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IN VENICE: Prada launched the celebrations for the opening of the Venice Architecture Biennale with a cocktail party Wednesday night at Fondazione Prada’s venue Ca’ Corner della Regina. During the event, Prada unveiled its new “Art or Sound” exhibition, which will be open until Nov. 3. While Miuccia Prada made a quick, silent appearance at the event, the guests had the chance to enjoy three music live performances — Pietro Verardo conducted an orchestra playing the Intonarumori, the unconventional instruments created by futuristic painter and composer Luigi Russolo. “We decided to set up this exhibition because we realized that nowadays, compared to the Sixties, museums are silent, they are frozen, so we wanted to create something multi sensorial,” said the exhibition’s curator Germano Celant, referring to the fact that “Art or Sound” explores the intersection between art and music. “Sculpture produces music and musical instruments are sculptures themselves,” he said, pointing at the spectacular instruments showcased at the exhibition. While Ca’ Corner’s second floor hosts Renaissance paintings with music-inspired subjects, precious instruments from the 17th century, along with musical automata (objects with automatic mechanisms), clocks and bird cages from the 18th century, as well as mechanical boxes and automated devices from the 19th century, the third floor offers a retrospective of the most interesting music experiments conducted in the Eighties and Nineties.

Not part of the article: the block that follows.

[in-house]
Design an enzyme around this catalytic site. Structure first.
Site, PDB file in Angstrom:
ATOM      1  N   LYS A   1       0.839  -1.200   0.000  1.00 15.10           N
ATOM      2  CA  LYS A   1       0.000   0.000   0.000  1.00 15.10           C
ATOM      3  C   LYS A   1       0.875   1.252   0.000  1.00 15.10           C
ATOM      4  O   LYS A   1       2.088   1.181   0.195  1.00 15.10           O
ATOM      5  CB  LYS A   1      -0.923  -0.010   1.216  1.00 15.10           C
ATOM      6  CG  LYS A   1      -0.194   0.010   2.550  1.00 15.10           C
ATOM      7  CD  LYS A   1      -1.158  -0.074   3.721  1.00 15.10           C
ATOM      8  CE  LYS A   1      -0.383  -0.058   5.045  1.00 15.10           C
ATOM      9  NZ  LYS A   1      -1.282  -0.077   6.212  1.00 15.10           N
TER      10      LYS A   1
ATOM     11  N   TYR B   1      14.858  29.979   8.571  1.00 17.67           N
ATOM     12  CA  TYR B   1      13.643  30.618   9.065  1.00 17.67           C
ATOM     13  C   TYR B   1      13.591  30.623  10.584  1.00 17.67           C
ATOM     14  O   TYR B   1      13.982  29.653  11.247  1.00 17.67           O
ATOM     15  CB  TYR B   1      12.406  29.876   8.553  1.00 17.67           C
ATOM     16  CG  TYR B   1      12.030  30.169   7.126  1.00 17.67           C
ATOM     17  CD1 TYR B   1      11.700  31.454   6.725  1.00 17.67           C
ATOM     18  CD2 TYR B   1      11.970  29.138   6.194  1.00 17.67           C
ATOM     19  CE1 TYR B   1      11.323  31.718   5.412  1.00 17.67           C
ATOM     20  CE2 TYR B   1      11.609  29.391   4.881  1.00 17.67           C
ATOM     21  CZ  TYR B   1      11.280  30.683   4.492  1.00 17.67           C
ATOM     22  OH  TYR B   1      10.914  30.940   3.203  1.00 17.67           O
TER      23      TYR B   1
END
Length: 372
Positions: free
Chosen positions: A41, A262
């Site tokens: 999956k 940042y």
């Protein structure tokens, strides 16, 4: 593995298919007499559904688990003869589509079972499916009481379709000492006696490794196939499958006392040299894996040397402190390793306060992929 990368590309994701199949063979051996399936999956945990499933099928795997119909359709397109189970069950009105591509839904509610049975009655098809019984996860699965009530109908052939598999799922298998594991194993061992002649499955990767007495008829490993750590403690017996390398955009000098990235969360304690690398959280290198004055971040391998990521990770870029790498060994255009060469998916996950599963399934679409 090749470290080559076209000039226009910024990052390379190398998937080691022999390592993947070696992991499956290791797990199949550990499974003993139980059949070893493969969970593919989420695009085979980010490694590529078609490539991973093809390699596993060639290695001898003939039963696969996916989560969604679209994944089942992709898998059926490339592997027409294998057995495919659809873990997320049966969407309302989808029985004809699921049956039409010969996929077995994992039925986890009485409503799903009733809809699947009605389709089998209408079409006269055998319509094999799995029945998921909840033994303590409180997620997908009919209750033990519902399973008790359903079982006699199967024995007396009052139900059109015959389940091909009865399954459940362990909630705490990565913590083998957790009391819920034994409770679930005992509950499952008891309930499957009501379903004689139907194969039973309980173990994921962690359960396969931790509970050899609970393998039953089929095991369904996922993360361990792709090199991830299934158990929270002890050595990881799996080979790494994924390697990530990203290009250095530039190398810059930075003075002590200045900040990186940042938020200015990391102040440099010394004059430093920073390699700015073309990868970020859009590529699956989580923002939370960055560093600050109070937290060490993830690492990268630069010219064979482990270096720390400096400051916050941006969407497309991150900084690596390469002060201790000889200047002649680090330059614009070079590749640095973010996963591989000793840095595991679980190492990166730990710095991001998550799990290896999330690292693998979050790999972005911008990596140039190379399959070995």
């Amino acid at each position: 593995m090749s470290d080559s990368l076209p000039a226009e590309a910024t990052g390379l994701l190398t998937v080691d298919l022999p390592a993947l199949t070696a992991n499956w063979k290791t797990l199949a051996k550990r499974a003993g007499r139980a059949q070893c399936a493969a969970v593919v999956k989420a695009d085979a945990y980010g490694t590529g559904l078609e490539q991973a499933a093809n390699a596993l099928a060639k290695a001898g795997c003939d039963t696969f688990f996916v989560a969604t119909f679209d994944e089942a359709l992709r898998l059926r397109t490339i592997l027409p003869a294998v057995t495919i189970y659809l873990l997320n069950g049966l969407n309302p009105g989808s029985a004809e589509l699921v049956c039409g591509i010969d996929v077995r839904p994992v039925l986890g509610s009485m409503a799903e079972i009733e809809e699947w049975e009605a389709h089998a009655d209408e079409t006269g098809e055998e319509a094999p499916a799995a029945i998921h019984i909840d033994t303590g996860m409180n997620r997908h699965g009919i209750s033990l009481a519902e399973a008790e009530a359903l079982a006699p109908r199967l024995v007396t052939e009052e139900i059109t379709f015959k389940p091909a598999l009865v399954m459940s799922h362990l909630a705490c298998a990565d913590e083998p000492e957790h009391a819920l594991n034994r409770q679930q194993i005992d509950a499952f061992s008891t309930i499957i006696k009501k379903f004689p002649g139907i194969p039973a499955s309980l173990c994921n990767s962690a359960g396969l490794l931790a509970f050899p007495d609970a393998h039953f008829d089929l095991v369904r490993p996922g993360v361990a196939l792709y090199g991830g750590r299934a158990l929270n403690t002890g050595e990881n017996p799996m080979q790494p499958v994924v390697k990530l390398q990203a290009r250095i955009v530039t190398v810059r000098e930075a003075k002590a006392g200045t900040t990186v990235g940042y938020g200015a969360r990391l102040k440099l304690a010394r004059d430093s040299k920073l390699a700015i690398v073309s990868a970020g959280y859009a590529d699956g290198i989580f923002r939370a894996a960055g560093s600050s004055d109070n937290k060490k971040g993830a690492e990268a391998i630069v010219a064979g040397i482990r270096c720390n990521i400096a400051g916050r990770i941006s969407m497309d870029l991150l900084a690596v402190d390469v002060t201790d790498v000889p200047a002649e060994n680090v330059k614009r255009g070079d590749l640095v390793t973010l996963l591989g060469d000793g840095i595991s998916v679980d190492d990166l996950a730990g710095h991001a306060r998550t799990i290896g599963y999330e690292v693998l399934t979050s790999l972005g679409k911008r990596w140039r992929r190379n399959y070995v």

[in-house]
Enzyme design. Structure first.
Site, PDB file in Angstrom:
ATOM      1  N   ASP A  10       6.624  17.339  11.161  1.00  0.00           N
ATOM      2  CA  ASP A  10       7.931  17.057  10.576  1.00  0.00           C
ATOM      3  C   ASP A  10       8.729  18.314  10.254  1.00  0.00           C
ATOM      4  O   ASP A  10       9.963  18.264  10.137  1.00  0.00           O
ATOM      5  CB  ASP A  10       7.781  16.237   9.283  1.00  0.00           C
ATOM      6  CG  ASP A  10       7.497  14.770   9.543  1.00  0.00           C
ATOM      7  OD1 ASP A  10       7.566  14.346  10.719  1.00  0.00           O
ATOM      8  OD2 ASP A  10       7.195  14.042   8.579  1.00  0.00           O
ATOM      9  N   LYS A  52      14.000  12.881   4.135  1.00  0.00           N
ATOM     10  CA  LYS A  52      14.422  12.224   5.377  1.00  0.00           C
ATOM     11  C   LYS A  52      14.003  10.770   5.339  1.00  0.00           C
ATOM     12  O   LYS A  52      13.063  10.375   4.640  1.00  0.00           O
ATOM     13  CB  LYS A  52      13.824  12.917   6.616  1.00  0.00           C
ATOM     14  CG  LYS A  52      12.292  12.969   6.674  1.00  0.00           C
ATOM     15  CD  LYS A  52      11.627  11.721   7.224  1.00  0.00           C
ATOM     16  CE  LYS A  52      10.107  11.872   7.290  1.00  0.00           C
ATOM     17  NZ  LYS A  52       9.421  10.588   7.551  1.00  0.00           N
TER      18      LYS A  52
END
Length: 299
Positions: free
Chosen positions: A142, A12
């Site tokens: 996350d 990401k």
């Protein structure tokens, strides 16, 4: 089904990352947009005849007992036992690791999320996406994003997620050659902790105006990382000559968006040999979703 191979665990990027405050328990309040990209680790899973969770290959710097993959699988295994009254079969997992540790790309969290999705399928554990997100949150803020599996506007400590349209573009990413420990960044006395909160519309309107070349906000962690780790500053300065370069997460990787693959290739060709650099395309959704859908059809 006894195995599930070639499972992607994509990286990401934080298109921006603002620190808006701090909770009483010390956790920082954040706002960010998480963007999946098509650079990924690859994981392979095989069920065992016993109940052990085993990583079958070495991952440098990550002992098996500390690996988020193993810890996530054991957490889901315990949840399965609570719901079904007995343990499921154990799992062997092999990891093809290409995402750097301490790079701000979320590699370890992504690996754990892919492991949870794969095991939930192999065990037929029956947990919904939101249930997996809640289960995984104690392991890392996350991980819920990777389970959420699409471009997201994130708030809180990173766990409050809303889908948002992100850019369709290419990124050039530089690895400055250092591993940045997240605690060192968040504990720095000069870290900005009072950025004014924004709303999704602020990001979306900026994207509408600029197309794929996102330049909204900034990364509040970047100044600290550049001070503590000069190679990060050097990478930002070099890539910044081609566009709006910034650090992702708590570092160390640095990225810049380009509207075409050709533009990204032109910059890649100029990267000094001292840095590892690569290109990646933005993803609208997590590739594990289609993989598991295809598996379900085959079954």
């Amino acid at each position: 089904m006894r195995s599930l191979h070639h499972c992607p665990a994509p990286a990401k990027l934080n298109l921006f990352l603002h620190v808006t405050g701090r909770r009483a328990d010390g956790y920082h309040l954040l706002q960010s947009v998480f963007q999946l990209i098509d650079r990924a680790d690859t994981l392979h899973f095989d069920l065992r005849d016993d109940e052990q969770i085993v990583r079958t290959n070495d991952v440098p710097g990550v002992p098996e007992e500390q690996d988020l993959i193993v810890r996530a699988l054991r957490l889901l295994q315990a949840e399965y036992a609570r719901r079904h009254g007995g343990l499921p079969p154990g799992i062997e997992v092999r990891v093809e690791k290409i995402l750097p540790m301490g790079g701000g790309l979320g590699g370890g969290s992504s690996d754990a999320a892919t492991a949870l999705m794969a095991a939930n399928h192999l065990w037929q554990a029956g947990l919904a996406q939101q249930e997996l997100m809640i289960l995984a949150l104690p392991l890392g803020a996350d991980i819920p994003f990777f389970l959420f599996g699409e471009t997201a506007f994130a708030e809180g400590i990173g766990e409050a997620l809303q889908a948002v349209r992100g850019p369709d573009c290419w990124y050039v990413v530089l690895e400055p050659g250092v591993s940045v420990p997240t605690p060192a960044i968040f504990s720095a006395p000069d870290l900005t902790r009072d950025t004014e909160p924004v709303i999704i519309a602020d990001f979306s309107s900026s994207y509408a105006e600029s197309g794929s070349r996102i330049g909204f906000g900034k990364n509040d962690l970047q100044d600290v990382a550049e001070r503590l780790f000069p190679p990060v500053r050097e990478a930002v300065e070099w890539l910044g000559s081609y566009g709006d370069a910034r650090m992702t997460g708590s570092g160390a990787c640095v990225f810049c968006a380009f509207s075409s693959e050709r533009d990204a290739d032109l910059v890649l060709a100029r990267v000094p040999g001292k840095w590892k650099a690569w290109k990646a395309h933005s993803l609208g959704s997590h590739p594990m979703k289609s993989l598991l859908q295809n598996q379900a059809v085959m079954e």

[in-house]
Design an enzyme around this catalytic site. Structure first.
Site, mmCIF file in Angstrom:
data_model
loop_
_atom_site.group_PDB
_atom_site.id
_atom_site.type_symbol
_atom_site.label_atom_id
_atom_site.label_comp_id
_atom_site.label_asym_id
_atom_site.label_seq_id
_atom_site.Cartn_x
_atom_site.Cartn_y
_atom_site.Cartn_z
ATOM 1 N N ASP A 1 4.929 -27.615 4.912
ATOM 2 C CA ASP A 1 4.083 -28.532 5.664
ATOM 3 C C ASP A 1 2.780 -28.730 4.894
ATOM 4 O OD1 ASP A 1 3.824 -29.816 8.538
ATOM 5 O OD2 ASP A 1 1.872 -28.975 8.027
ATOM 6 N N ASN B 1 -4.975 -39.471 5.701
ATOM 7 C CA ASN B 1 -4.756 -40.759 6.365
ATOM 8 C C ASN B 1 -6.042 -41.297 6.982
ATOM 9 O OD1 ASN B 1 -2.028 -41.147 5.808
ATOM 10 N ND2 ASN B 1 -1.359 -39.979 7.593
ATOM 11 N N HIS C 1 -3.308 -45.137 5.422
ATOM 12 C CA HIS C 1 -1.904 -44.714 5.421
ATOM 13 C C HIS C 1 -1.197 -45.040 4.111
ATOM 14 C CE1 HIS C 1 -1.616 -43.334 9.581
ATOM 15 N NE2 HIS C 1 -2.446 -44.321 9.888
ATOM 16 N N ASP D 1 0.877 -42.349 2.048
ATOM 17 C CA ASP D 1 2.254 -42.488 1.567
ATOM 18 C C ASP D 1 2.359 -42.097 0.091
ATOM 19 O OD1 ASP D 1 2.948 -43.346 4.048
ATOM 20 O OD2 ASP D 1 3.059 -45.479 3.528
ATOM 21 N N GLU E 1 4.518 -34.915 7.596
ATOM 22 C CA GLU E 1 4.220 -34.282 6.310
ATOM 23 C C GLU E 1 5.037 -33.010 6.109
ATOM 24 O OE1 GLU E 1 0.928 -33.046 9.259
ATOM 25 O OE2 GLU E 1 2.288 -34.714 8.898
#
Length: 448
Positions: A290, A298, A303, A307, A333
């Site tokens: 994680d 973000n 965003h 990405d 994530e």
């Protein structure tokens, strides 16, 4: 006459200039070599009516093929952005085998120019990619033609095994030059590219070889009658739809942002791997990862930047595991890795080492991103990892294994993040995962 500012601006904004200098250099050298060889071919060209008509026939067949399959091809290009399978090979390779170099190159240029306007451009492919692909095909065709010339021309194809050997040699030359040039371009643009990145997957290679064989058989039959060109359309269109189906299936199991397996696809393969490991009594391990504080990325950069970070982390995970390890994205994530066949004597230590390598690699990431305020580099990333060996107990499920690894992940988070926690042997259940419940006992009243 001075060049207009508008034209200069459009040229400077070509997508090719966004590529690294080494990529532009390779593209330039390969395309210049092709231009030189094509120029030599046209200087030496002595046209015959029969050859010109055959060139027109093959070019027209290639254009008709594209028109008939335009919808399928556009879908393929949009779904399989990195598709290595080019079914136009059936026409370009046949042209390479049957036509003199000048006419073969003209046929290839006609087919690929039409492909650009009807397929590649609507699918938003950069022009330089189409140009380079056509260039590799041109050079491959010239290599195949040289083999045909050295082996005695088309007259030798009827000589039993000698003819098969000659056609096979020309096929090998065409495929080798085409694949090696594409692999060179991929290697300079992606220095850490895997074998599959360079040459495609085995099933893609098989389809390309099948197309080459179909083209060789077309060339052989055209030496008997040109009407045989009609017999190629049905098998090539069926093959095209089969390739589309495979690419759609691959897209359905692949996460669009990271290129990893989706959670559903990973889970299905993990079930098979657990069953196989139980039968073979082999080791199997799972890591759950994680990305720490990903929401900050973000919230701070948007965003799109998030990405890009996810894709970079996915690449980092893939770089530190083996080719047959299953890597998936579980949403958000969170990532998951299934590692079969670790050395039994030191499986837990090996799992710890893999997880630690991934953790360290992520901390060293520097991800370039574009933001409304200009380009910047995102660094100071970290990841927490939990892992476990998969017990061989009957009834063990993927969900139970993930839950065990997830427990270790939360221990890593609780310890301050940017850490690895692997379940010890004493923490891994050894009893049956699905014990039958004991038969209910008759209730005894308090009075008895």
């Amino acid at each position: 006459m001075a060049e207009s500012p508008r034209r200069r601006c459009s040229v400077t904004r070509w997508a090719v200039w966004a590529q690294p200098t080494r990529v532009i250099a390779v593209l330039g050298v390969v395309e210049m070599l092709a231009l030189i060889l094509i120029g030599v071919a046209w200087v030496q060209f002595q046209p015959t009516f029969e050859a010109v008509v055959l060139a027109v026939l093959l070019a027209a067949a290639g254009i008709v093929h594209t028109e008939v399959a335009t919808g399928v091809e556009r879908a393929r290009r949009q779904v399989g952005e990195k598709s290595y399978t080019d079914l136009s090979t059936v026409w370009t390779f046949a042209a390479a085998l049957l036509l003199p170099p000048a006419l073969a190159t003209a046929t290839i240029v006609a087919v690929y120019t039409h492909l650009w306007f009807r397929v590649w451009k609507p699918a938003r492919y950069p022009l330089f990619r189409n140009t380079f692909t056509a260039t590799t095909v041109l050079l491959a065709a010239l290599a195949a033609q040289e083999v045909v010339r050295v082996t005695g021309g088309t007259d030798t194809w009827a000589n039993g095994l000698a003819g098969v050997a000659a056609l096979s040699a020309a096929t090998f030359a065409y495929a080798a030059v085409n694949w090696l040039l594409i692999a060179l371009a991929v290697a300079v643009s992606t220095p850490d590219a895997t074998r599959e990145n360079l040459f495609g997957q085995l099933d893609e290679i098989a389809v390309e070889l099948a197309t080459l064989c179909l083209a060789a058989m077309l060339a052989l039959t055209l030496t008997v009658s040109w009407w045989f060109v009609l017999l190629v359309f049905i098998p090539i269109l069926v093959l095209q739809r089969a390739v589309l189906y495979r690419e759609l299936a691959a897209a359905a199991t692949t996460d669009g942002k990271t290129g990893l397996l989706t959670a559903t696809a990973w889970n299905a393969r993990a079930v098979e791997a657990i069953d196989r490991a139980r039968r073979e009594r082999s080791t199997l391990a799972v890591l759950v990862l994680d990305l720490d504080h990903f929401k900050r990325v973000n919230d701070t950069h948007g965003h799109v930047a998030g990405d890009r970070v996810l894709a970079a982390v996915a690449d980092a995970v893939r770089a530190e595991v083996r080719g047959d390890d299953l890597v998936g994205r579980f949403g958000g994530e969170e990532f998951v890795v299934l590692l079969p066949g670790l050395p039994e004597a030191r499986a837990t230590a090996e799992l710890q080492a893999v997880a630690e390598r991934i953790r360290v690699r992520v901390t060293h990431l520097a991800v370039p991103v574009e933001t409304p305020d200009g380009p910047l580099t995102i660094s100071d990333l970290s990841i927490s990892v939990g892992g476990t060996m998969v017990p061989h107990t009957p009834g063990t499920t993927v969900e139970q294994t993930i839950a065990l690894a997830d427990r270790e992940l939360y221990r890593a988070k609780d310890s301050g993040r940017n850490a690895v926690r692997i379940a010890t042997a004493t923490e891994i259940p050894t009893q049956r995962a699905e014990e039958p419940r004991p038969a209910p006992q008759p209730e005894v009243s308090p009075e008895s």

The same night at Palazzo Polignac, a private residence on the Grand Canal, Nadja Swarovski hosted a dinner for Rem Koolhaas, director of this year’s Architecture Biennale. Koolhaas collaborated with Swarovski on the giant illuminated archway at the entrance to “Monditalia” at the Arsenale, one of the three main exhibitions at the Biennale. During the dinner Koolhaas called “Monditalia” — a warts-and-all survey of Italian history through public and private spaces — “a culmination and an accumulation of experiences beyond architecture, something less permanent and [physically] substantial than architecture.” He said he liked the idea of making something that will eventually cease to exist.
Photographs by Koolhaas’ daughter Charlie Koolhaas feature in the exhibition, too. She shot the Laurentian Library in Florence, designed by Michelangelo, and said it was an odd experience. The interior of the space is meant to look like an exterior. “I felt totally sick when I left the space. Wobbly — like you sometimes feel when you are in Venice. It felt like there was no up or no down,” she said. The younger Koolhaas said she is currently at work on a book of photos about five cities – including Houston and Lagos – showing how they are linked by the global market economy.
On Thursday, Louis Vuitton offered a preview of “Sguardi Incrociati a Venezia,” the new exhibition hosted at the French company’s Espace Louis Vuitton Venice.
As part of its partnership with Venice’s Fondazione Musei Civici, Louis Vuitton financed the restoration of the works of the late Spanish artist Mariano Fortuny, which are preserved at Venice’s Palazzo Fortuny. In particular, Vuitton restored two unreleased videos filmed by Fortuny in the Italian city. In order to create a dialogue between past and present, Vuitton showcases these two videos, along with 25 of Fortuny’s shots of Venice, next to 30 watercolors by Jiro Taniguchi.
“I spent ten days in Venice to make the watercolors,” said the Japanese artist, who used his signature manga style to create a number of poetic, beautiful images of Venice, which are also collected in Vuitton’s new Travel Book dedicated to the city. “Two are the things that impressed me more of Venice. First of all, its canals and bridges, second thing, the stunning view of the town from the top of San Marco church.” “Sguardi Incrociati a Venezia” will be open to the public until Nov. 18.